‘I have orders from Ankara,’ he says, ‘from the Prime Minister, to put the land into the names of the occupiers. I am putting the owners’ letters into the cupboard. I retire in two years. My successor will answer them.’

He opens a grey metal cupboard. Inside are the villagers’ letters and copies of their titles. In the corner of the room is a highly- polished wooden staff, and a short silk robe with gold embroidery indicating membership of some society. I mention them to his secretary as I am leaving. She smiles knowingly.

In the same building is a store room holding the old Ottoman records. We find a translator, an old man educated before Ataturk introduced the modern script. He translates the old records and we take copies to the Governor.

‘I have been told that I am not to prevent people occupying the land if the owner hasn’t got a modern pink title. There are millions of pounds at stake. Ministers themselves have occupied land. Here we deal with small things. How can I stop the Mafia?’

We go to the Kartal office of Turkey’s largest daily newspaper, Sabah or ‘Morning’. The office has four desks. Two are empty. The surviving reporter and photographer tell us the story:

Prime Minister Ciller in electioneering mode.

‘The telephone rang here at seven o’clock in the evening. Our two colleagues were doing a story on the Mafia. The caller told them there was a fire at Gocbeyli village on the border with Ballica. They went in the office car. Next day the car was found burned out. They have never been seen since. The newspaper offered a reward. But there was no information. People are afraid of the Mafia.’

Aydinlik – or ‘Brightness’– is another smaller and newer newspaper which obtained a list of the Prime Minister’s own land holdings at Kurtkoy and Kilyos. The offices of the newspaper were attacked and set on fire. The crowd were told that the editor had translated The Satanic Verses into Turkish; 36 people died in the fire.

According to the Sabah reporter (who for obvious reasons does not want to be named): ‘The Government is faced with huge economic problems. Annual inflation is at 75 per cent and there was a 15 per cent currency devaluation earlier this year. The Government needs money. It wants to sell the land of anyone who has only an Ottoman title. This means not only the Greeks and Armenians and other minorities who fled in 1922, but also those ordinary Turks who simply were not given pink title certificates in 1956.’

Turkey is a signatory of the European Human Rights Convention. ‘But people disappear,’ the reporter continues. ‘We try to do our best. But we put our lives at risk when we do so.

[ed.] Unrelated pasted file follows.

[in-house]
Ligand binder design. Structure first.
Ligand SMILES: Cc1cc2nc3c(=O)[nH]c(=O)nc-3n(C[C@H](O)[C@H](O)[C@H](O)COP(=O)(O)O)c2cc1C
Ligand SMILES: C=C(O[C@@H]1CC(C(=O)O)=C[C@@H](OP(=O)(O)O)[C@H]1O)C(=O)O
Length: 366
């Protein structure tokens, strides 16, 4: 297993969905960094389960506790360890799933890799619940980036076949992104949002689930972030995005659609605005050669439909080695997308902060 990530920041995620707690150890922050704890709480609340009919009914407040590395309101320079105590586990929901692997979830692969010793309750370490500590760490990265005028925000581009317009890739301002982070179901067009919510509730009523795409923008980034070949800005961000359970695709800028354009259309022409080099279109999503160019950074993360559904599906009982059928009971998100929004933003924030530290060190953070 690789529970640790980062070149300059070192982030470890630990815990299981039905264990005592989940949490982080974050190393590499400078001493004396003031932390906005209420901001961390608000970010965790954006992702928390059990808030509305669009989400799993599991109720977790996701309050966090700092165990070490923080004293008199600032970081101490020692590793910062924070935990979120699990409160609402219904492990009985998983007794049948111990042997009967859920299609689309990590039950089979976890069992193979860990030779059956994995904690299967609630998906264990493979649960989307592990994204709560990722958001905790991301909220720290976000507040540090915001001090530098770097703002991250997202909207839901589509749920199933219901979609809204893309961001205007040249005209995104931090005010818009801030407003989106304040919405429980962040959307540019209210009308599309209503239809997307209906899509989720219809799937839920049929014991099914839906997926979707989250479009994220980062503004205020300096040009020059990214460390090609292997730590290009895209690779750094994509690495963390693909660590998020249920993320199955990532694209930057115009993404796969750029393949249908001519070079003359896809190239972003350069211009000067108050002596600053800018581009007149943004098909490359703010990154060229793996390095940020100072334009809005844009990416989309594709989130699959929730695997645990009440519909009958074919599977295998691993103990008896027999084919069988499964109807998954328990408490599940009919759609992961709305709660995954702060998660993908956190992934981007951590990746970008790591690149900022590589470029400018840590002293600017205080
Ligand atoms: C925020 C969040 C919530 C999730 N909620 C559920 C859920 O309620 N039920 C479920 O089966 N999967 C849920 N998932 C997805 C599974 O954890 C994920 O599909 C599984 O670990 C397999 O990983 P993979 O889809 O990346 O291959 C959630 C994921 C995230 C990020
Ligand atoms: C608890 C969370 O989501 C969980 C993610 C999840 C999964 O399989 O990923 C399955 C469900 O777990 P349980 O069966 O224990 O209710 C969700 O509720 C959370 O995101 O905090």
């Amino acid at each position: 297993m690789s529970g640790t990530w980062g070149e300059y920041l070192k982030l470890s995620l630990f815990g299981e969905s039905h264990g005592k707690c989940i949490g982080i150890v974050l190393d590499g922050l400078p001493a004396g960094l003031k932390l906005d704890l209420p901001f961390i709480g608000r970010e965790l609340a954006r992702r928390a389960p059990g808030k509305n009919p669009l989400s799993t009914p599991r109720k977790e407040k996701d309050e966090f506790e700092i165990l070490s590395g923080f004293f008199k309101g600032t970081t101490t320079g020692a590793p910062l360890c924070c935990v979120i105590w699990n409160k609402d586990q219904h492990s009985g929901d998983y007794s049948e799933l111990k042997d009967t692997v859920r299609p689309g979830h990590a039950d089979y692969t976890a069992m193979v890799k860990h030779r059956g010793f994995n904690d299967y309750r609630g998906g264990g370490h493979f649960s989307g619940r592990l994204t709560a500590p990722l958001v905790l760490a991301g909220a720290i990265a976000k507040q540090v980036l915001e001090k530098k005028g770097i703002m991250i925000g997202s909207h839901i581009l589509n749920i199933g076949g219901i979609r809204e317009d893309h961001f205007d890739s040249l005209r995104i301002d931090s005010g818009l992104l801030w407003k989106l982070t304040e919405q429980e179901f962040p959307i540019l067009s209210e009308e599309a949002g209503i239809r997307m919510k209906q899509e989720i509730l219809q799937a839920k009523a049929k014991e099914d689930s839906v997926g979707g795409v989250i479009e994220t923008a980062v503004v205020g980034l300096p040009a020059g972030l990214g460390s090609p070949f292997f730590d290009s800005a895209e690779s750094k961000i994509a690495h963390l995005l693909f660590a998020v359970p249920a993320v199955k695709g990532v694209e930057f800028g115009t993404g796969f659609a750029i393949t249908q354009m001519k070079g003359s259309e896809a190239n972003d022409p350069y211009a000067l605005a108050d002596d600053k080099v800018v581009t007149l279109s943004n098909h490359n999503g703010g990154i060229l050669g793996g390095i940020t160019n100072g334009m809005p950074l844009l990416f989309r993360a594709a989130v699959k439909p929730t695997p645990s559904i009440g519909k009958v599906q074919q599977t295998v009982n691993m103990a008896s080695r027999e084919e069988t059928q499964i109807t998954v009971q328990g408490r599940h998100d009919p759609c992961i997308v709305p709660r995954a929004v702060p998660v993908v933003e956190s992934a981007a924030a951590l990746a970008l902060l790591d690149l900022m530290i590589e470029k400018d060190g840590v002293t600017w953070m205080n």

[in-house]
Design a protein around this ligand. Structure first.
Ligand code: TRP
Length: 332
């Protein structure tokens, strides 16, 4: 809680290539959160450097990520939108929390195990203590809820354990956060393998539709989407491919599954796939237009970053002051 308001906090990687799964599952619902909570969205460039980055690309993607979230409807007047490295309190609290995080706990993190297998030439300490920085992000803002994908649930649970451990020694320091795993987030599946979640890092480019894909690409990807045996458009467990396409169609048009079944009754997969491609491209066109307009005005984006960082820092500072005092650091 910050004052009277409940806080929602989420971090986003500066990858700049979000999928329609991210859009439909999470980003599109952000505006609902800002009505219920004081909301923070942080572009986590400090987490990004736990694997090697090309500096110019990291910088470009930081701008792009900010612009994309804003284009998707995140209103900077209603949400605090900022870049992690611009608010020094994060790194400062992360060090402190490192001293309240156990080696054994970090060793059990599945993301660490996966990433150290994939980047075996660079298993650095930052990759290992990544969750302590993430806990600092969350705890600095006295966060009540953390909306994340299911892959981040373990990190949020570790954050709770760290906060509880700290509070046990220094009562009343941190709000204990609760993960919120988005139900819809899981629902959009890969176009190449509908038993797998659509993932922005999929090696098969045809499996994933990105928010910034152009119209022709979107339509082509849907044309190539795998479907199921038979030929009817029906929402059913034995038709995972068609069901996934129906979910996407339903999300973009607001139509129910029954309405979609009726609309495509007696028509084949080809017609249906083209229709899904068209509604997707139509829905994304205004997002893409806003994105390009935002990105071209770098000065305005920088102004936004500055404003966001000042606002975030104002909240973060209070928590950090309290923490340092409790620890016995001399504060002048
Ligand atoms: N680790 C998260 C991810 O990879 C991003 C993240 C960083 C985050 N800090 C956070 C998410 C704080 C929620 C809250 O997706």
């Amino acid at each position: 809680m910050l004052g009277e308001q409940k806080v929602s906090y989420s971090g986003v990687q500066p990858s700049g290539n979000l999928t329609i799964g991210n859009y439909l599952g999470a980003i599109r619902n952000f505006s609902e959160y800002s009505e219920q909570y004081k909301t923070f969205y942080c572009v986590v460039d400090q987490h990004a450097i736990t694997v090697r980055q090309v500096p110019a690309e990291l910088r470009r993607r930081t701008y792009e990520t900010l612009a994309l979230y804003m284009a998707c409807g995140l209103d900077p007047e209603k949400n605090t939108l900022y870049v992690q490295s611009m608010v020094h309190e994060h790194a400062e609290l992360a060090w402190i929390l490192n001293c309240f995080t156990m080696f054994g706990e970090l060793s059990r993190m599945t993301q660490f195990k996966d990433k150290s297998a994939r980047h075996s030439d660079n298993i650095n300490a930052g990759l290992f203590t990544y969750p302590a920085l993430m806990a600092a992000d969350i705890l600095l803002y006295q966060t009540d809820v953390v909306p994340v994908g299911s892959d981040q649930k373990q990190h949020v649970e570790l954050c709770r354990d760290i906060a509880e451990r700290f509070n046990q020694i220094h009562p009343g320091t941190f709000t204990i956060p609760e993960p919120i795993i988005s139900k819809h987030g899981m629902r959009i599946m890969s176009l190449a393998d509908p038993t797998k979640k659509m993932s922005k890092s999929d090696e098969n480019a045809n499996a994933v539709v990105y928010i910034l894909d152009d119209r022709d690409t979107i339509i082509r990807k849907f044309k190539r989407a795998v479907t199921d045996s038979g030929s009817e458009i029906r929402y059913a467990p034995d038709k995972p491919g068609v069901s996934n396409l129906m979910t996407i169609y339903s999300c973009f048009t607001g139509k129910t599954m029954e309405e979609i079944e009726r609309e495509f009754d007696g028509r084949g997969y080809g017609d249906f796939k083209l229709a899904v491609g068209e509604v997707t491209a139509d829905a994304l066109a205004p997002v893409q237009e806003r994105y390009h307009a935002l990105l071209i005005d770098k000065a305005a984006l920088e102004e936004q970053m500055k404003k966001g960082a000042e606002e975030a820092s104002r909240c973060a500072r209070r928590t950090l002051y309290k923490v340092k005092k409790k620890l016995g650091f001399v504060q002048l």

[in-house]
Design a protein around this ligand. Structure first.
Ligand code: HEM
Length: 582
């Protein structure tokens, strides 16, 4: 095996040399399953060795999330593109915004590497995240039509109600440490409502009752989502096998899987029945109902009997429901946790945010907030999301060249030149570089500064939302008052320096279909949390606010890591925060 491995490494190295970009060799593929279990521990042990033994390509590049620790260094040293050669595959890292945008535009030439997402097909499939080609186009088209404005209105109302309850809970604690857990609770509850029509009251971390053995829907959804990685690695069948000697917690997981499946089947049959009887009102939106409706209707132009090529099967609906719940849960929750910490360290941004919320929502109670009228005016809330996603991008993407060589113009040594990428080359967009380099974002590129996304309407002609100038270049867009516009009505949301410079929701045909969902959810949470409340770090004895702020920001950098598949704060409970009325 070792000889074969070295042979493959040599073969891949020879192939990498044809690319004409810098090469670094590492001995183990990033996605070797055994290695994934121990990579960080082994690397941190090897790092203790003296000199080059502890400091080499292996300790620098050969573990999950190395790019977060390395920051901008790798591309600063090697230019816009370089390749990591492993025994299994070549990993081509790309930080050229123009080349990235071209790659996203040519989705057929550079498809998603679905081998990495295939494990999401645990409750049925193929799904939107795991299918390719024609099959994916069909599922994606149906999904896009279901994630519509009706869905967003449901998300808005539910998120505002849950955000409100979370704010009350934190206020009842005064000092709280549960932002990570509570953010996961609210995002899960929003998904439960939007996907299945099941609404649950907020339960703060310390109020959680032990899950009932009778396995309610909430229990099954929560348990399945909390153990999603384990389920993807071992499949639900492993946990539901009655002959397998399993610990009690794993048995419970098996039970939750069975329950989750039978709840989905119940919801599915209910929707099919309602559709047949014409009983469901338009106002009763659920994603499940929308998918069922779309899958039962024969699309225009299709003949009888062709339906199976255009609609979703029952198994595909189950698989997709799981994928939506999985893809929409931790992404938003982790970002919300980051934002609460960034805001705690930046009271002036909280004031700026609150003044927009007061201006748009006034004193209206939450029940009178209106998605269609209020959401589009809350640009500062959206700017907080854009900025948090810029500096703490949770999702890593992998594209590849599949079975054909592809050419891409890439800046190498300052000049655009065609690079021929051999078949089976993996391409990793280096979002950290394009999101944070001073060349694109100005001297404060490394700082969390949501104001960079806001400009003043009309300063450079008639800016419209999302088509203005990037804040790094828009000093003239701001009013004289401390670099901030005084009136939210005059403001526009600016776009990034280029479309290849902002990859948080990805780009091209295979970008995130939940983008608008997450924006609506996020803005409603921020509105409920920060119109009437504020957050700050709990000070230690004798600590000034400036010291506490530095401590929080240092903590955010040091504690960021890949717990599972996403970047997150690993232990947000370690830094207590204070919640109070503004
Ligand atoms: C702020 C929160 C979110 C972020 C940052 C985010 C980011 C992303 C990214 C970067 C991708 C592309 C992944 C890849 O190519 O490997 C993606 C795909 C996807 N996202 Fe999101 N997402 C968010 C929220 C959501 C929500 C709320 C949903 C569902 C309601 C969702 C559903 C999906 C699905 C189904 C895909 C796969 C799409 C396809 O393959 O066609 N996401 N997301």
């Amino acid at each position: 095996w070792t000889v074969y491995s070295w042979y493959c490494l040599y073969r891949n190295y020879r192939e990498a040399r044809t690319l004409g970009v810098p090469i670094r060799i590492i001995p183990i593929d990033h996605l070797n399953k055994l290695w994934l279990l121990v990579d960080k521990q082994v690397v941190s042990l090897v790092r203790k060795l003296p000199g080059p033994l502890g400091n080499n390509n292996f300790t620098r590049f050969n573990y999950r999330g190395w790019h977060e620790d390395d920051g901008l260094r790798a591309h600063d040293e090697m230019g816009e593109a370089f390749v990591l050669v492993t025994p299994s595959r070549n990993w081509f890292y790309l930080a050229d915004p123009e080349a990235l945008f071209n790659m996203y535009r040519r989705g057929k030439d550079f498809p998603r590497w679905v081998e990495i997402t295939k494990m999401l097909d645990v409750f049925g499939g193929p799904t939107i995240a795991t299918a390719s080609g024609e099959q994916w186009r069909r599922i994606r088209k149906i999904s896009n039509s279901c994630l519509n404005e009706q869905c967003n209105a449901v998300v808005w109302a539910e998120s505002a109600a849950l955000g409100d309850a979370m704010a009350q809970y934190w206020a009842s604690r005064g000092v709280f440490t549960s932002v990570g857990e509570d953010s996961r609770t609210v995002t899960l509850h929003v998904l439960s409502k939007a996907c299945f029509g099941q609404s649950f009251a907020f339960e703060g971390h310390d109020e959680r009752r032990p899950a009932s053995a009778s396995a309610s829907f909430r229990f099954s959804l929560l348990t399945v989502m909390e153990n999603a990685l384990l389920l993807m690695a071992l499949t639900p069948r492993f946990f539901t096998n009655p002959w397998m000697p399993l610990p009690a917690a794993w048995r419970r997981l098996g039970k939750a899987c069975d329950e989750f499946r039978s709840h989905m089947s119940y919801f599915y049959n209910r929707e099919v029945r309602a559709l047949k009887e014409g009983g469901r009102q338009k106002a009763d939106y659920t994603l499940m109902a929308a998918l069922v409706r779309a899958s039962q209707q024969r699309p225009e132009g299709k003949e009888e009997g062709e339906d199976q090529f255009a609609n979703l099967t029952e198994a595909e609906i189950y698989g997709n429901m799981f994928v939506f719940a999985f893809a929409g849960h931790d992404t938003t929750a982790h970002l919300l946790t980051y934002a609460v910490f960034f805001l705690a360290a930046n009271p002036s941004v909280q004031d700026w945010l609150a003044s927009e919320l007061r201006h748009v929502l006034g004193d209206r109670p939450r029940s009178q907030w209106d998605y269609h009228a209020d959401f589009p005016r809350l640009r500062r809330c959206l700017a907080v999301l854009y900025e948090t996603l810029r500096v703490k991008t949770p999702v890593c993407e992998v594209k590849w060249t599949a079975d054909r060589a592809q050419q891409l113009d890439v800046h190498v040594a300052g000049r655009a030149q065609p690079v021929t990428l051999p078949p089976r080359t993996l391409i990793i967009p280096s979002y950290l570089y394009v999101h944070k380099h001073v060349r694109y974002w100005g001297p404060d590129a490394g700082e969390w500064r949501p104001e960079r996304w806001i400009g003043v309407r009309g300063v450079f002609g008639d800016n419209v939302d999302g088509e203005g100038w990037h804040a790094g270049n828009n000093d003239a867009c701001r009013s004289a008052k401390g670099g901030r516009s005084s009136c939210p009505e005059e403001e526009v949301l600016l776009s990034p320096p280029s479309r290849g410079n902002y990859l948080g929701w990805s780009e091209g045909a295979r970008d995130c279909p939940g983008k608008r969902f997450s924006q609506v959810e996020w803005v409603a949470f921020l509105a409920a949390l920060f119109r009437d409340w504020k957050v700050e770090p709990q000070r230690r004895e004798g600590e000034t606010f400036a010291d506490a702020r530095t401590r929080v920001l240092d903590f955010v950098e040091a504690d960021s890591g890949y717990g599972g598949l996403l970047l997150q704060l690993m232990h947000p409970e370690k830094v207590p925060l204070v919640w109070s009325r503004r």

‘Nowhere else in the world could the government sell people’s land to the Mafia or politicians or company proprietors and get away with it. But that is what the Turkish Government is doing: it’s taking people’s land and putting it into the names of members of the Mafia. When ordinary people go to the Title Office and ask to see the old records they are driven away. Some enterprising Mafia figures and politicians are then offering the land to the World Bank as security for loans for tourist development or for industrial expansion.’

All roads seem to lead back to Prime Minister Ciller, the former economics professor from the Bosphorus University. She likens herself to Margaret Thatcher. Some say a closer comparison might be with Imelda Marcos. It is Tansu Ciller who is behind the new land-titles legislation.

Unable to control the economy, indifferent to human rights and compliant with the Mafia, the Government is also afraid of the violence of an organization called Ulkucu whose slogan is: ‘Turkey for the Turks’. Ulkucu is an offshoot of the National Socialist Party. Its activities include political intimidation and attacks on minorities and foreigners.

Their emblem is a red crescent with a wolf baying at the sky. It was founded by Alpaslan Turkey, an army officer who served in Germany and the United States. Members of Ulkucu drill in paramilitary style, wearing black arm bands and chanting the name of their leader.

The danger is that land seizures legitimized by the present Government and the political violence of extremists whom the Government is loath to control, may increasingly destabilize a country whose neighbours have already shown what may happen if some of these forces are unleashed.

By destroying a stable society whose land titles go back to Ottoman times, a weak government is – for the sake of personal gain and office – likely to push the country into the abyss.

Ivy Anderson is an expert on Turkey and campaigns for human rights there.